# Maths: Spindle Boxes

Numerical principles can be difficult for small children to grasp because developmentally, their brains are often not yet programmed to understand the abstract nature of mathematical reasoning. Montessori learning aims to help little ones understand conceptual ideas with some tactile exercises involving Spindle Boxes.

Designed specifically for the Montessori maths curriculum, the material consists of two boxes; one with a lid that holds 45 spindles and another open box (with high sides, almost like a tray) that is divided into nine, numbered compartments. The function of the Spindle Boxes is to teach children the natural sequence of numerals (counting) and to understand the association between the number (as a symbol) and the quantity it represents.

The following tutorial explains exactly how Spindle Boxes are used in a classroom environment as a way of facilitating an understanding of basic arithmetic:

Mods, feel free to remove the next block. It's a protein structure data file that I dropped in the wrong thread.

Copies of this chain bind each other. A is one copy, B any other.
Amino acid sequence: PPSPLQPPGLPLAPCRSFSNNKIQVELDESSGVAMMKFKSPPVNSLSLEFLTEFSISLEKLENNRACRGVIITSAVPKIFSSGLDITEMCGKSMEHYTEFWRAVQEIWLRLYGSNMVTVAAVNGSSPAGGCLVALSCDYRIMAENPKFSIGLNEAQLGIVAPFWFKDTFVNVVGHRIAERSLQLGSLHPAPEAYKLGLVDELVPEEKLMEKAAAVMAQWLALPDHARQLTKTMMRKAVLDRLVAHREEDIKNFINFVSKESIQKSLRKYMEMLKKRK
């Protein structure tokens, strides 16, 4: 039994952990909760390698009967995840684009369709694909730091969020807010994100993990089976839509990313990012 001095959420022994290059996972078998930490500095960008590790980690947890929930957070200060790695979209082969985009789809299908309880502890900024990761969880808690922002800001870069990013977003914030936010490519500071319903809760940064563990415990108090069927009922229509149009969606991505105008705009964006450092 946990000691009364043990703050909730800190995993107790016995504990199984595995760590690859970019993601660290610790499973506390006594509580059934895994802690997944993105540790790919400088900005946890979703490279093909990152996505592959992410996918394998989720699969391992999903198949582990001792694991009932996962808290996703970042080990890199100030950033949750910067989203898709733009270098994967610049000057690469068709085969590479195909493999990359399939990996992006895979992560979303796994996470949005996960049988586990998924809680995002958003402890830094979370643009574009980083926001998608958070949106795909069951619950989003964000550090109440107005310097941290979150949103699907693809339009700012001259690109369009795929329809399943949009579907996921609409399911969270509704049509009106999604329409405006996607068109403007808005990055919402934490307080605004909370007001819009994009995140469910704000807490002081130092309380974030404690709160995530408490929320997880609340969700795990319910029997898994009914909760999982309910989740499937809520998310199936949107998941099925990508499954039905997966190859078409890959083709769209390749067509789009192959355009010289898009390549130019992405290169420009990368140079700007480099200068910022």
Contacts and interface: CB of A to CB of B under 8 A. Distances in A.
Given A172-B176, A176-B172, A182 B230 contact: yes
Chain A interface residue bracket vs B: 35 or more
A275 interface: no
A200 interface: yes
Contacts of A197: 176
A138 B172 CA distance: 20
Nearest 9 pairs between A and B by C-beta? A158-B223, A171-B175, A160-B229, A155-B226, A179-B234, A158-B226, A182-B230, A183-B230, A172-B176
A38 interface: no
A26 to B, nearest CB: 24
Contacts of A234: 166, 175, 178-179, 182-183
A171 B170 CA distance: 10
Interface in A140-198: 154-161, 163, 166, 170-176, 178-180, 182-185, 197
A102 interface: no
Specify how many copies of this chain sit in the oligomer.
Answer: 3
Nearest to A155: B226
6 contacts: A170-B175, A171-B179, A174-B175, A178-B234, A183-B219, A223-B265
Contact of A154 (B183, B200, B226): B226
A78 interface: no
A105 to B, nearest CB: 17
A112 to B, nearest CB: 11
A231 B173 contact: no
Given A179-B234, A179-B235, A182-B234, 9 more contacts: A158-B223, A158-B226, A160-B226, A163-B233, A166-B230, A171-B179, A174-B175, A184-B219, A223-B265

An essential element to the comprehension of quantity (as suggested in the tutorial) is the notion of ‘zero’; that it means ‘nothing’. Once children have understood this, they will move on to the numbers 1-9. By physically holding the spindles in their hands (and then placing them into the slots as they count them out), little ones will have a literal understanding of the concepts ‘little’ and ‘lots’ – that 1 is a small number and 9 is larger.  If during the exercise counting has been incorrect, at the end there will be an insufficient number of spindles, which will alert the child to the fact that an error has been made; at which point self-correction can take place.